The only active construction project, the Law School Library on the Newton Campus, is all but completed, according to Vice President for Administration John T. Driscoll. When interior work is finished, campus construction will be in a temporary lull until the first part of the Southwest Corner Project breaks ground in the spring or summer of 1996, pending appropriate city and state approvals, he added.
"There is a considerable amount of planning and discussion involved in the Southwest Corner Project," Driscoll said. "But the people we will be using are very familiar with Boston College and we feel confident they will do a good job for us."
Driscoll had equal praise for the architect and contractors for the Law School Library, Flansburgh and Associates Inc. and Macomber Co., respectively. That project, he said, is ahead of schedule and on budget, and will be ready to open at the beginning of the Law School's second semester, Jan. 8.
"The exterior is substantially completed," Driscoll said. "The tasks at hand now involve the plumbing, electrical fixtures, shelving and interior fitting. We expect to begin moving furnishings on Dec. 1 and the books and materials on Dec. 20."
Once the Kenny-Cottle Library is vacated, Driscoll said, it will become "swing space" for future projects on Newton Campus now under consideration. Eventually, he said, it is slated to hold separate dining facilities for freshmen and law students.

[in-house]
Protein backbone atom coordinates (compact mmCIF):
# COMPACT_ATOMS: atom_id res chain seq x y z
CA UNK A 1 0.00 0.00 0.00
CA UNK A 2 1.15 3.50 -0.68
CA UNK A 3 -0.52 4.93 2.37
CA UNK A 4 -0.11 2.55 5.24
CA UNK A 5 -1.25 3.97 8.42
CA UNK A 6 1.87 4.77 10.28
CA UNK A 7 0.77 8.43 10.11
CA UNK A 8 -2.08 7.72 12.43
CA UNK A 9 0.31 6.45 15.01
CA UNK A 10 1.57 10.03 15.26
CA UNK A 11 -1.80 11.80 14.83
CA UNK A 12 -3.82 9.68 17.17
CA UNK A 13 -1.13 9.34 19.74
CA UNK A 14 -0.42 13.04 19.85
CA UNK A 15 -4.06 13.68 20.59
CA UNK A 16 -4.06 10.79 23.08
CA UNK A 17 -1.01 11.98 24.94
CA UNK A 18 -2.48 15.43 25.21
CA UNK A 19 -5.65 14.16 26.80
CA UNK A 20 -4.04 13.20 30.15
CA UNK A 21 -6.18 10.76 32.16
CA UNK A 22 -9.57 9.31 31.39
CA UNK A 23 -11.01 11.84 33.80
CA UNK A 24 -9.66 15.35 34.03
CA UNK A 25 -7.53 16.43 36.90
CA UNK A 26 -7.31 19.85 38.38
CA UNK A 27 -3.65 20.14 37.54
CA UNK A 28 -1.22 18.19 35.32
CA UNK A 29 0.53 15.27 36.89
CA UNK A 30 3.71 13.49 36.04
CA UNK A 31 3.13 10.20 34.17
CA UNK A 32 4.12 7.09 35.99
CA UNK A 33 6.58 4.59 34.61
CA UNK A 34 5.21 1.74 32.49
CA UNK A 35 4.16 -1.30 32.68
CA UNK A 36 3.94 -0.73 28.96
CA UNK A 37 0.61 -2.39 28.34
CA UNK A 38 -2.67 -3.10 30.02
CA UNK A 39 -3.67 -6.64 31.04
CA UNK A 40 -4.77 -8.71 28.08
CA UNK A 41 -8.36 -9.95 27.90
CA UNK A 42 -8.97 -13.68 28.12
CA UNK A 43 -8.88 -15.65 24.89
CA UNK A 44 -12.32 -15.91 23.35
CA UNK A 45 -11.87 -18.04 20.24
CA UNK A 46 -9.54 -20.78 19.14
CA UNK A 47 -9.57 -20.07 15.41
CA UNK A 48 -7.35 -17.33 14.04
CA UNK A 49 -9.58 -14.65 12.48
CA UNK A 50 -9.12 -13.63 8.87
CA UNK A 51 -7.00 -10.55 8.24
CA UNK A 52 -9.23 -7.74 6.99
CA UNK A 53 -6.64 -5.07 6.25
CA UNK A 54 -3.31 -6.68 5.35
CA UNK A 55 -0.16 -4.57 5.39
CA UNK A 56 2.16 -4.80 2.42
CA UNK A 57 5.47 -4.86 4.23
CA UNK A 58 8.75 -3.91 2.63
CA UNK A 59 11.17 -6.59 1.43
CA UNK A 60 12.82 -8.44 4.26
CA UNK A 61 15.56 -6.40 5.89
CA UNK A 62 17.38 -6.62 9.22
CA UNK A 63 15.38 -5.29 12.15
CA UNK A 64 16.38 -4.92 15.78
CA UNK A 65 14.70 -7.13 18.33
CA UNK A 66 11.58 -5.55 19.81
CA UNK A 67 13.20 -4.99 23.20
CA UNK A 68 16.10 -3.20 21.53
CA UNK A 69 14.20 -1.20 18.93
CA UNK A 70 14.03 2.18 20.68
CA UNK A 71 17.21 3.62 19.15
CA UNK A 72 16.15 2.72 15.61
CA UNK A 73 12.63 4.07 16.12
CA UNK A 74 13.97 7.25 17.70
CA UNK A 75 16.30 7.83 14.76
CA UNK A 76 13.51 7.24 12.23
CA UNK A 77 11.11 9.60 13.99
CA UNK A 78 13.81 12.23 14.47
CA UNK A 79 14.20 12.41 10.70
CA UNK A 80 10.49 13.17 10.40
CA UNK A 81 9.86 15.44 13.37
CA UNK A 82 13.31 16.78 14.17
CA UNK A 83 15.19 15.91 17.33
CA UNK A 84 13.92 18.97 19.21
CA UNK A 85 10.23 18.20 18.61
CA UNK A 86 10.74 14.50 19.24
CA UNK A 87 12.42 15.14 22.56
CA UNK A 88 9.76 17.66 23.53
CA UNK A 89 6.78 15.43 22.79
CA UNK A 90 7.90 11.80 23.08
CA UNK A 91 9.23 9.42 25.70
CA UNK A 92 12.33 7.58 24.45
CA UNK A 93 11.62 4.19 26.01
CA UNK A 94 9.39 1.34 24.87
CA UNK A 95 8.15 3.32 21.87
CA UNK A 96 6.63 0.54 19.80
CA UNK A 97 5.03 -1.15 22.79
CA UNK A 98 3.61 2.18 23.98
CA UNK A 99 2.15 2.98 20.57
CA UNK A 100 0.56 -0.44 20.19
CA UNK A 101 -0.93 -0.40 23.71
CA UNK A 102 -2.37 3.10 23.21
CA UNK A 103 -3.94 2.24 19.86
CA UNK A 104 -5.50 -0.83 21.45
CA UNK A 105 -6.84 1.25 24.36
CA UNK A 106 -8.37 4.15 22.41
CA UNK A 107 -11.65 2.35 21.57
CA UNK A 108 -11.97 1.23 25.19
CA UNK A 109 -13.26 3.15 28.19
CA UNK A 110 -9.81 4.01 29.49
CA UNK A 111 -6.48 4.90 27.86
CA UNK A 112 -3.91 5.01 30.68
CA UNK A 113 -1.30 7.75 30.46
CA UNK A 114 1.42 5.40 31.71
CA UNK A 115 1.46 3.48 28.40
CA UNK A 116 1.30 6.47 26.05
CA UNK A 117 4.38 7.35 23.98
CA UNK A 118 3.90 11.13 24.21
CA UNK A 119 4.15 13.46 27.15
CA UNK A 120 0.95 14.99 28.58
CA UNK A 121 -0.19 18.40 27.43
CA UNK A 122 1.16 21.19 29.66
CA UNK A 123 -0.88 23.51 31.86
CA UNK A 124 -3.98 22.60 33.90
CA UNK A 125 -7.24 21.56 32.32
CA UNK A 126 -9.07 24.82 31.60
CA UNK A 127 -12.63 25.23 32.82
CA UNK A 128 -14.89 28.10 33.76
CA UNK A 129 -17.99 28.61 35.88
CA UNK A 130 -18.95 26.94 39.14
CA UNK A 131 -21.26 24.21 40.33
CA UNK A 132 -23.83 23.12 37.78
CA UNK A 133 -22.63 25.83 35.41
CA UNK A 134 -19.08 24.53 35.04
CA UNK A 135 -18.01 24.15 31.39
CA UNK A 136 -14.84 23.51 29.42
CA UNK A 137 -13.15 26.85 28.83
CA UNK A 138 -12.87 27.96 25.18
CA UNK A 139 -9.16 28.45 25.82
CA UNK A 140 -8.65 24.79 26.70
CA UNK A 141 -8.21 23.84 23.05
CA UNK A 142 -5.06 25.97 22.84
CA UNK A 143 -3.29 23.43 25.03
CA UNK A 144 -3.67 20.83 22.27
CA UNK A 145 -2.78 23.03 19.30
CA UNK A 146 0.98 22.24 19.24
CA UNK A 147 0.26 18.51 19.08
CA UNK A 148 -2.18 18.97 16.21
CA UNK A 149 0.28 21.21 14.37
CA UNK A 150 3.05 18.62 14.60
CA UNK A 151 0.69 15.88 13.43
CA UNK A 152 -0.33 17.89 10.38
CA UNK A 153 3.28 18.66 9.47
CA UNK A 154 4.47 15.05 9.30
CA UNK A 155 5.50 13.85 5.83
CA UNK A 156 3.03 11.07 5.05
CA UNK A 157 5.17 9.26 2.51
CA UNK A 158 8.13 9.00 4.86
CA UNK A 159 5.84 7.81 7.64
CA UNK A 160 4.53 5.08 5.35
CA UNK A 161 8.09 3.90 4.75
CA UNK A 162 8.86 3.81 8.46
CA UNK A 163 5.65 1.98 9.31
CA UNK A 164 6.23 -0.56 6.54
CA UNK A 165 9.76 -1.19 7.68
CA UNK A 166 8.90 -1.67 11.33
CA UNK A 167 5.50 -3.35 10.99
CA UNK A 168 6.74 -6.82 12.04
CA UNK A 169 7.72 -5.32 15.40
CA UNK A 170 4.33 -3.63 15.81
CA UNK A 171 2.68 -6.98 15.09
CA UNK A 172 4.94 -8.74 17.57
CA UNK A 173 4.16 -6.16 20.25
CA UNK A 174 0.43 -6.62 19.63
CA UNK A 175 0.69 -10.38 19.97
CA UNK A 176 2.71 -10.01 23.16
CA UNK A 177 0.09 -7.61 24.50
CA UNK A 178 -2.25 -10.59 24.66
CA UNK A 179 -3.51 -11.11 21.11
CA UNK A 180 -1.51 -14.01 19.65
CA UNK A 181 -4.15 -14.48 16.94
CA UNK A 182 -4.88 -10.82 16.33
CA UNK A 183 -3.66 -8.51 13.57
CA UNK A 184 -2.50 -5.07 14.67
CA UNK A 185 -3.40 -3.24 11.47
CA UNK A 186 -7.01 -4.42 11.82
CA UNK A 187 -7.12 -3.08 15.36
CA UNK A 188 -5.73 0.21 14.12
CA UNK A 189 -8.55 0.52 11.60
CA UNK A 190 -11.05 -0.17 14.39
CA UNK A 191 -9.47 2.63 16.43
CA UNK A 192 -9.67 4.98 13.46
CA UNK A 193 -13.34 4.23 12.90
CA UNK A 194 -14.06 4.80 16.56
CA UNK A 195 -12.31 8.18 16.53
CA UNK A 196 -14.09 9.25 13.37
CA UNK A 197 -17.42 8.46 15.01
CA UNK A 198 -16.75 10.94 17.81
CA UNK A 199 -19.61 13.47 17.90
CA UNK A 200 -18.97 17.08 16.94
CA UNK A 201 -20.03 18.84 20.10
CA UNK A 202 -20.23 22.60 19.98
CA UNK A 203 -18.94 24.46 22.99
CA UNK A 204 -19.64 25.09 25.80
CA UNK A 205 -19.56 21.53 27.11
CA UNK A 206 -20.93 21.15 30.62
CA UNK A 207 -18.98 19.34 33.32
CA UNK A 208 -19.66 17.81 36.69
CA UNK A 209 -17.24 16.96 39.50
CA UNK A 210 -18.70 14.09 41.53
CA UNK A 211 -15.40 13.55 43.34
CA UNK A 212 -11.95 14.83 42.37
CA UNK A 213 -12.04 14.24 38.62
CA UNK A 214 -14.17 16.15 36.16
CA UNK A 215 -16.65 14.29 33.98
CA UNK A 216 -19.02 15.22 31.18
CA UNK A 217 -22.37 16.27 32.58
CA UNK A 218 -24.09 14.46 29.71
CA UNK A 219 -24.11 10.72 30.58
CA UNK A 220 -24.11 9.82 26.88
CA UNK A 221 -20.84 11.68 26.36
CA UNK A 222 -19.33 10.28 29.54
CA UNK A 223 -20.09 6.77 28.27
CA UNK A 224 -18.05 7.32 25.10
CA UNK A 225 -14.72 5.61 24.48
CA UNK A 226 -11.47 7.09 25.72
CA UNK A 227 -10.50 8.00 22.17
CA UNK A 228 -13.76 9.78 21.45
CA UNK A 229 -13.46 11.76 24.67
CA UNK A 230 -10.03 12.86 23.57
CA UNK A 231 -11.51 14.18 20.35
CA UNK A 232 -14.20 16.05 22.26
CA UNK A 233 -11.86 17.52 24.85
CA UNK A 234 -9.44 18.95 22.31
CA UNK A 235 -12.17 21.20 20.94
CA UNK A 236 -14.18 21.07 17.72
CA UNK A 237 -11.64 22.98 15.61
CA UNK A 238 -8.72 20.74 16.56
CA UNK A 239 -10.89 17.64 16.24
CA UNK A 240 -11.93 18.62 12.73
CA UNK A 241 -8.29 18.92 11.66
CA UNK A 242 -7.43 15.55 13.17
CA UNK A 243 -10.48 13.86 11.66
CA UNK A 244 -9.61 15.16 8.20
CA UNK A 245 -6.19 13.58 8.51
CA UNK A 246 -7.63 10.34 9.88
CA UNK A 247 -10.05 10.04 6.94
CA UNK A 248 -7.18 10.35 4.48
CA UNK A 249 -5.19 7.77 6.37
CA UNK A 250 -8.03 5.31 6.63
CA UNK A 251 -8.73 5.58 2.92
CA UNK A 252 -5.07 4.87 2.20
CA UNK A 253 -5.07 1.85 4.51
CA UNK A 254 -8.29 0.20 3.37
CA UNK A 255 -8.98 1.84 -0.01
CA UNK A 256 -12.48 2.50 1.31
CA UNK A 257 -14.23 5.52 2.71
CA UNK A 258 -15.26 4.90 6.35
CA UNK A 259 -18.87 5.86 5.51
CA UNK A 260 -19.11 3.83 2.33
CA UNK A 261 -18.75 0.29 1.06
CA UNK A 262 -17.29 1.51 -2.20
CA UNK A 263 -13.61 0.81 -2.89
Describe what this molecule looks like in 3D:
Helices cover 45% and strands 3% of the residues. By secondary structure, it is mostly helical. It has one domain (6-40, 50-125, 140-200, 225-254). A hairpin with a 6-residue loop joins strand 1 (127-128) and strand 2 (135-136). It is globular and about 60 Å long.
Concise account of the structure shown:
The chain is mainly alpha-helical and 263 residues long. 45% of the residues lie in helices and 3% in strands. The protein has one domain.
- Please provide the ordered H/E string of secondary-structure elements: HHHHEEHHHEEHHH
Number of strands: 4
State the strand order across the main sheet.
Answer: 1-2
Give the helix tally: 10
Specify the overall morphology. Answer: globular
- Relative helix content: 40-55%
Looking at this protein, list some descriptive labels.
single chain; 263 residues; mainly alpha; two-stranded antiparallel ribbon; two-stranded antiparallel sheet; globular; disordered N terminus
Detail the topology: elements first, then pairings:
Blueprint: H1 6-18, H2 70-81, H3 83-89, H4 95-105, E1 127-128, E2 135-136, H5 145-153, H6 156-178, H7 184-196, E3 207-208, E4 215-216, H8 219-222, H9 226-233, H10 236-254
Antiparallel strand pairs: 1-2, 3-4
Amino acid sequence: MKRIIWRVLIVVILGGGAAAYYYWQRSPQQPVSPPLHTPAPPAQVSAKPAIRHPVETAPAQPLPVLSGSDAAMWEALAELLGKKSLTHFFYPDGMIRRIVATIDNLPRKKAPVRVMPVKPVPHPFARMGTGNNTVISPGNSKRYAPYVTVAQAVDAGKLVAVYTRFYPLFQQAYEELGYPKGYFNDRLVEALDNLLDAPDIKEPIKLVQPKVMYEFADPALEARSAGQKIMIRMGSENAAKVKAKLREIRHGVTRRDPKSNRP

At its Sept. 15 meeting, the University Board of Trustees formally approved the Southwest Corner Project. The architectural firm Tsoi/Kobus and Associates Inc. of Cambridge is designing the complex, and the construction managers are Richard White and Sons, who, Driscoll noted, were also hired for the Alumni Stadium, Fulton Hall and Devlin Hall projects.
The immediate objectives of the project are the construction of a new student center and another building to house the University's humanities programs, Driscoll said. It also includes provisions for an underground parking garage and facilities for the University's computer operations. The University announced the project earlier this year and since then administrators have begun two separate discussions on the project's dimensions.
One series of talks involves a committee chaired by Executive Vice President Frank B. Campanella, and includes College of Arts and Sciences Dean J. Robert Barth, SJ, Vice President for Student Affairs Kevin Duffy, and representatives from other campus offices, the student population and Tsoi/Kobus.
Driscoll is chairing the other round of discussions among Boston College administrators, the Massachusetts Environmental Protection Agency, Boston and Newton officials, and local neighborhood organizations. This Master Plan Oversight Group met six times over the summer to examine the potential impact of the project on neighborhood traffic and the University's bus system, among other areas, Driscoll said.
He added that once the construction schedule is confirmed, employees will receive information regarding changes in parking availability and campus traffic.
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